Want to respond to this piece? Submit a letter to the editor.”

IT department fixes broken pound key on men’s basketball computer
by The GW Hatchet

Apr 02, 2015
“Reader's note: This story is satirical in nature and published in a spoof issue.
An IT employee said Wednesday that he finally fixed the broken pound key on the men's basketball staff's computer after it was stuck for an entire season.
The team’s Twitter account has been an inscrutable mess since November, featuring hundreds of what appeared to be hashtags but was really just the symbol followed by gibberish.
IT employee Nelson Wires said that after he toiled all night to understand the workings of the computer and other things the kids are into these days, the key should be fixed.
“We’ve been trying really hard,” Wires said. “Some might say we were trying too hard. Like way too hard – so hard, it’s getting a little ridiculous how hard we’re trying.”
Some affects of the broken key were hashtags of great length, like “#ClutchThreeFromDowntownLikeDowntownDCWhereWeAreRightNowGuysHowCoolIsThat,” while others were shorter and clearly didn’t need a hashtag, such as #twopointbasket and #pass.
Sophomore Georgina Washington said scrolling through the tweets during games didn’t help her learn what was going on, and that she’s glad the IT department stepped in so she can finally understand the action on the court from her phone.
“Well, I go to GW so I don’t really know any of their names, much less a nickname,” Washington said. “Honestly, I thought it was supposed to be ironic or that it was some kind of trivia thing.””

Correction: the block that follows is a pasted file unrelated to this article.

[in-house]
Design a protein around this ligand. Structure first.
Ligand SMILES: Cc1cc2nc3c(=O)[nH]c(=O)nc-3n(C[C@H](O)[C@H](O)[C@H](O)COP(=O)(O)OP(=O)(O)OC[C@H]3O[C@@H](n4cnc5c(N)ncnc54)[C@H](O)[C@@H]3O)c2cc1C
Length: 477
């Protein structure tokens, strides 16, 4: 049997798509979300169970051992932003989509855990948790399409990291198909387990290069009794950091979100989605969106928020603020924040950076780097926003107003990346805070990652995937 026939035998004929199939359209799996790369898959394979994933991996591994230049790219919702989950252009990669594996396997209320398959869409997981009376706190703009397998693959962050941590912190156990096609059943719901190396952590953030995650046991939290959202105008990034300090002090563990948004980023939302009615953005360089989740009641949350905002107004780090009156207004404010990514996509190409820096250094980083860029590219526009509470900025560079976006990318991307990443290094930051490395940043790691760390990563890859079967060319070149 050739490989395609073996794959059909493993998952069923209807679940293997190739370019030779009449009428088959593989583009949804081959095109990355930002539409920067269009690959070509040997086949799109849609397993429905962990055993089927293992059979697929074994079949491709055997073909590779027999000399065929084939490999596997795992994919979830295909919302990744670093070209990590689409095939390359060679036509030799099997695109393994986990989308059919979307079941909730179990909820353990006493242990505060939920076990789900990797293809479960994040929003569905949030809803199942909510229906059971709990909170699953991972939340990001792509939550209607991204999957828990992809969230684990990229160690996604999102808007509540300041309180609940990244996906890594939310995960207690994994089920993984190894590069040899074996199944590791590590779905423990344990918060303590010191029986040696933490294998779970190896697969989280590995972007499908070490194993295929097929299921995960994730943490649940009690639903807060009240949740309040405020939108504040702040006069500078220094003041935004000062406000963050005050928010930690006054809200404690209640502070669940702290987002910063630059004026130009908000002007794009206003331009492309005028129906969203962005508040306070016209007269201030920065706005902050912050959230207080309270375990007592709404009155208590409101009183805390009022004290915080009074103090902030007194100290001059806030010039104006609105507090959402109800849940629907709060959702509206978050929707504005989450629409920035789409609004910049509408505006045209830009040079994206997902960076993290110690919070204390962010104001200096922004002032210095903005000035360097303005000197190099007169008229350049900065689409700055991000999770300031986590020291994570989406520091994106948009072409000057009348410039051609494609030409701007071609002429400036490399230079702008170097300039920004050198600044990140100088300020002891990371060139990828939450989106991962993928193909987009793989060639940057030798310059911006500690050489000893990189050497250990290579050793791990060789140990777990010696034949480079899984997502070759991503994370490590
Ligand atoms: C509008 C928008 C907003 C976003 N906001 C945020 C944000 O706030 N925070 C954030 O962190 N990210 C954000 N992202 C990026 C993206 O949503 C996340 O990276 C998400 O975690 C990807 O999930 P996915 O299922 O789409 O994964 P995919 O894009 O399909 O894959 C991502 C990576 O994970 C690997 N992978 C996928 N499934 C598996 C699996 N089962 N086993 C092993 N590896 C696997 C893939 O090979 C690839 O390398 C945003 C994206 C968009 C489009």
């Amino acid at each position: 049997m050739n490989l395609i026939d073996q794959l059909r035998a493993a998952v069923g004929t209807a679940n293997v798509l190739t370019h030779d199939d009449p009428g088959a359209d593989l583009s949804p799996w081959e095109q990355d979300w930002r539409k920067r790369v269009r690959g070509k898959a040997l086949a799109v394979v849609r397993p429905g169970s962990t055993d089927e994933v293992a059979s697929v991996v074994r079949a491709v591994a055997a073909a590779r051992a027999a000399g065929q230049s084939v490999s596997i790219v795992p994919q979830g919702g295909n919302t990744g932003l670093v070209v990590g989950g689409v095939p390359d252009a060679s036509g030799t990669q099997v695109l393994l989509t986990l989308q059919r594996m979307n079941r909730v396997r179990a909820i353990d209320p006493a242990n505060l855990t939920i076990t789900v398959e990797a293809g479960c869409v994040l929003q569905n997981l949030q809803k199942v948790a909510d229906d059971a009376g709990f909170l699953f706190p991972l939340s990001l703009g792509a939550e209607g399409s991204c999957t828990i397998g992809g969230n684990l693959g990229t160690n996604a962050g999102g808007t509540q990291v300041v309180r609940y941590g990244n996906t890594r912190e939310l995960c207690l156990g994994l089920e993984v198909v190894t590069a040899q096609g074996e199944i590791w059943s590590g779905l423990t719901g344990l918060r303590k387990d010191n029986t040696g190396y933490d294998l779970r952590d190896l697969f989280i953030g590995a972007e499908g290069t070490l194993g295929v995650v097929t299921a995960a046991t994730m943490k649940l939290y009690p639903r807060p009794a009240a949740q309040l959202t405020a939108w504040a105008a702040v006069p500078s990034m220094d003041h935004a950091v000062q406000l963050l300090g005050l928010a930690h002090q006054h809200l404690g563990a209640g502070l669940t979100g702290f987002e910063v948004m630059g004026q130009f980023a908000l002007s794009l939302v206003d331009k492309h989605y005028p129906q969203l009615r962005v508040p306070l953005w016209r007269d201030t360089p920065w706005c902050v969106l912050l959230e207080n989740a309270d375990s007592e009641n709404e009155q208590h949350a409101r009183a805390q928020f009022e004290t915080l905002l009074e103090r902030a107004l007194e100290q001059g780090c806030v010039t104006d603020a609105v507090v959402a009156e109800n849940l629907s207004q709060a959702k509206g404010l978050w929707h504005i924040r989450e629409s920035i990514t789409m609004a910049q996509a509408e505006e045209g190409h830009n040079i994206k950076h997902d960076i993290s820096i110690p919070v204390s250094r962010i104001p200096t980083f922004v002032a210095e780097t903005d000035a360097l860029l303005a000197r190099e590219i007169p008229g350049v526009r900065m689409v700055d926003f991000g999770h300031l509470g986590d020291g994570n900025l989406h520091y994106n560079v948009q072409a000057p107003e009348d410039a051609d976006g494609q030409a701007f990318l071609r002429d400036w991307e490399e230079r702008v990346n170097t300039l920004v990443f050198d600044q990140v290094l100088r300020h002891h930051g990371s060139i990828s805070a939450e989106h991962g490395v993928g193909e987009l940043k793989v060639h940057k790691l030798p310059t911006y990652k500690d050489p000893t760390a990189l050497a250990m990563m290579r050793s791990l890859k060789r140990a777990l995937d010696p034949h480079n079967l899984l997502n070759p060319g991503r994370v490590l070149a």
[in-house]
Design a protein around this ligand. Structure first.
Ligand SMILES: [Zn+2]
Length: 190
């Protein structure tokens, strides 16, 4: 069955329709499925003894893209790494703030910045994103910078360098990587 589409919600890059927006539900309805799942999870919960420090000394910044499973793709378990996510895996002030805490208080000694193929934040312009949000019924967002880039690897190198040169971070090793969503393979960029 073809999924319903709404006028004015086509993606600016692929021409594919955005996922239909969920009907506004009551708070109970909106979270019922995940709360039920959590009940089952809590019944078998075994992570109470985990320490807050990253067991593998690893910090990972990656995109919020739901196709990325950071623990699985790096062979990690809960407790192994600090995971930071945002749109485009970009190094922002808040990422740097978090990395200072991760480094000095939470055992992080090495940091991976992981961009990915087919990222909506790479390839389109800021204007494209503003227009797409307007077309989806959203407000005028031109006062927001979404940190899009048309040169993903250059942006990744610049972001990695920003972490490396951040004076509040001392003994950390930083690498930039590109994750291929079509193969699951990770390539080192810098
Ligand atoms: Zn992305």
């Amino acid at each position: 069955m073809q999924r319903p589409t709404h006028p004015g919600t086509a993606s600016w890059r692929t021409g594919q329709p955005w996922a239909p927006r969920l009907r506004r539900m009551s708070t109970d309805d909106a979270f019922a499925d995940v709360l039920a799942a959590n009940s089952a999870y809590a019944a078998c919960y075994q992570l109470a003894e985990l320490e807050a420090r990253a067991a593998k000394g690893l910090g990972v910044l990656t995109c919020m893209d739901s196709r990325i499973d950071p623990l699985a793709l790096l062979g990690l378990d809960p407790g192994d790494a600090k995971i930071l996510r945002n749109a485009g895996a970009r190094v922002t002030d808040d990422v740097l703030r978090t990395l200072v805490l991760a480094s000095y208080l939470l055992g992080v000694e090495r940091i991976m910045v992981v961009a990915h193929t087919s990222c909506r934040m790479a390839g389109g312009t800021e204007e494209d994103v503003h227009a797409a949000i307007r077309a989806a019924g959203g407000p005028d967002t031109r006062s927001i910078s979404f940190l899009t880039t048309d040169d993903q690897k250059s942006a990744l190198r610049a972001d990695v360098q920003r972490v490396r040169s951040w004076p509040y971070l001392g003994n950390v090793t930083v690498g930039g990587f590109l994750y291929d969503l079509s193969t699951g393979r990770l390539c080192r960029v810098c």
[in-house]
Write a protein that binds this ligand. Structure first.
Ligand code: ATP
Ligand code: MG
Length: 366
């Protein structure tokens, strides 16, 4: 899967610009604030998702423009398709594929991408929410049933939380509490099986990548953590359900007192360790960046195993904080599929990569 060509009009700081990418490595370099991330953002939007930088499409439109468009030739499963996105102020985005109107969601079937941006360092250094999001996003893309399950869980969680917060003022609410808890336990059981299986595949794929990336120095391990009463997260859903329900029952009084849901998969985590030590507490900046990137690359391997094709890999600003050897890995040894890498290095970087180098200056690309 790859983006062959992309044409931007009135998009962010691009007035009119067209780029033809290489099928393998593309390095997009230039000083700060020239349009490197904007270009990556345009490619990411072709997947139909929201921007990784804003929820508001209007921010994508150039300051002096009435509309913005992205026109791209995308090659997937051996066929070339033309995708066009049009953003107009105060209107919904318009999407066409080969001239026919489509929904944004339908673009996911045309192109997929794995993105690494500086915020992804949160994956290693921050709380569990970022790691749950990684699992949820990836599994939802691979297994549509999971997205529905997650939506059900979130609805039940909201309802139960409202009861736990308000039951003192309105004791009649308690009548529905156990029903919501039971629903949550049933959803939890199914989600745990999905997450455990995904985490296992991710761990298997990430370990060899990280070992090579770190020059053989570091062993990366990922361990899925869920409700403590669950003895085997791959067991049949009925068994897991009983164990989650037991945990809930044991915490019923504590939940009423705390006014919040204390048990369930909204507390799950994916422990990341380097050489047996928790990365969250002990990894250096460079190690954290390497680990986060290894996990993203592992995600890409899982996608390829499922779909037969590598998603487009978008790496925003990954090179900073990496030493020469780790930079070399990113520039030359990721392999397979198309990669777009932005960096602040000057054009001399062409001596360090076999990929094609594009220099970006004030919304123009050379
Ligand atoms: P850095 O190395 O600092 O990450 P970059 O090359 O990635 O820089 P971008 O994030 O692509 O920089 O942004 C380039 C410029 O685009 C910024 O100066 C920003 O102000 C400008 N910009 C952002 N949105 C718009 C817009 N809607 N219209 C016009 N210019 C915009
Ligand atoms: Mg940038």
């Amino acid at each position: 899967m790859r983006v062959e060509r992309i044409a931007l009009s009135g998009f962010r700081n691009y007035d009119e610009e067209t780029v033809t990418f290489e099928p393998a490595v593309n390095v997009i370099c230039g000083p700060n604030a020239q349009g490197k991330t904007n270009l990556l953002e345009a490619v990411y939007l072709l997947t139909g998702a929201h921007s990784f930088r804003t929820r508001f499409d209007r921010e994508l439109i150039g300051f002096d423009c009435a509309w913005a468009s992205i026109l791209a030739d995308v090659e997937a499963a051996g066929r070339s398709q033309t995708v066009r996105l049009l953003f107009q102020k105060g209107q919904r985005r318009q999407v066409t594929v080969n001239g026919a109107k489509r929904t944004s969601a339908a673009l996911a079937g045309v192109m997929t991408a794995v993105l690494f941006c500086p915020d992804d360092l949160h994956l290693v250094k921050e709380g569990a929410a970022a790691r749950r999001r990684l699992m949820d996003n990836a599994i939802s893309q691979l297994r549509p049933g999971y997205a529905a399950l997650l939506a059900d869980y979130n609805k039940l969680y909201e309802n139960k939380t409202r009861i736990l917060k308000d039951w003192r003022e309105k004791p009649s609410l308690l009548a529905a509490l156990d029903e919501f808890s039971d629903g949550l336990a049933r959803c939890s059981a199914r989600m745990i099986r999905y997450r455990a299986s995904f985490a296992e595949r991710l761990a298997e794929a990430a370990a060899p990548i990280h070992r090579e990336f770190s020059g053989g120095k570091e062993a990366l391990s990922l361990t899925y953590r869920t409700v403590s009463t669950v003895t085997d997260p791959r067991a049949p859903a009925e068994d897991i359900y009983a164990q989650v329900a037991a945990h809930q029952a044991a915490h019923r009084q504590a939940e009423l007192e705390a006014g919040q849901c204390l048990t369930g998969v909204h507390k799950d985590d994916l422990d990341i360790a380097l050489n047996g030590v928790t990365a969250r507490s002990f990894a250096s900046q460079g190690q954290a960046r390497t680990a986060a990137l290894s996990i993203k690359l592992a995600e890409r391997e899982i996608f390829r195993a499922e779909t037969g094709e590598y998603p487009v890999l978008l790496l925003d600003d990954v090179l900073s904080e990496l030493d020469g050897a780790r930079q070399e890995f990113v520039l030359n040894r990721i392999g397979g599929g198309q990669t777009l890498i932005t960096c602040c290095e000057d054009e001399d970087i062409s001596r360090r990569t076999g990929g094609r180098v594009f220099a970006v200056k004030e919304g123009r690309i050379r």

By transitive property, GW basketball better than Georgetown
by The GW Hatchet

Apr 02, 2015
“Reader's note: This story is satirical in nature and published in a spoof issue.
They say to be the best, you have to beat the best. So it holds that to be the best team in the District, you have to beat the team that beat the team that beat ... whatever. Sports doesn’t do math.
But we know that No. 2 seed Kansas lost to No. 7 seed Wichita State in the Round of 32 of the NCAA Tournament on Sunday in Omaha.
GW beat then-No. 11 Wichita State on Christmas Day in the Diamond Head Classic and on Wednesday, Dec. 10 the Hoyas were defeated, nay, embarrassed by the Jayhawks 75-70. That means that, by the transitive property, GW basketball is better than Georgetown.
And that means the Colonials will definitely rank higher in the AP poll than the Hoyas next year. You heard it here first, but only if it happens.
The Hoyas also lost in the Round of 32, so it doesn’t matter that they made the tournament because second place is just the first loser and nobody remembers teams that lose in the second round. Also because fuck you, that’s why. I totally could have gotten in there if I’d tried harder.”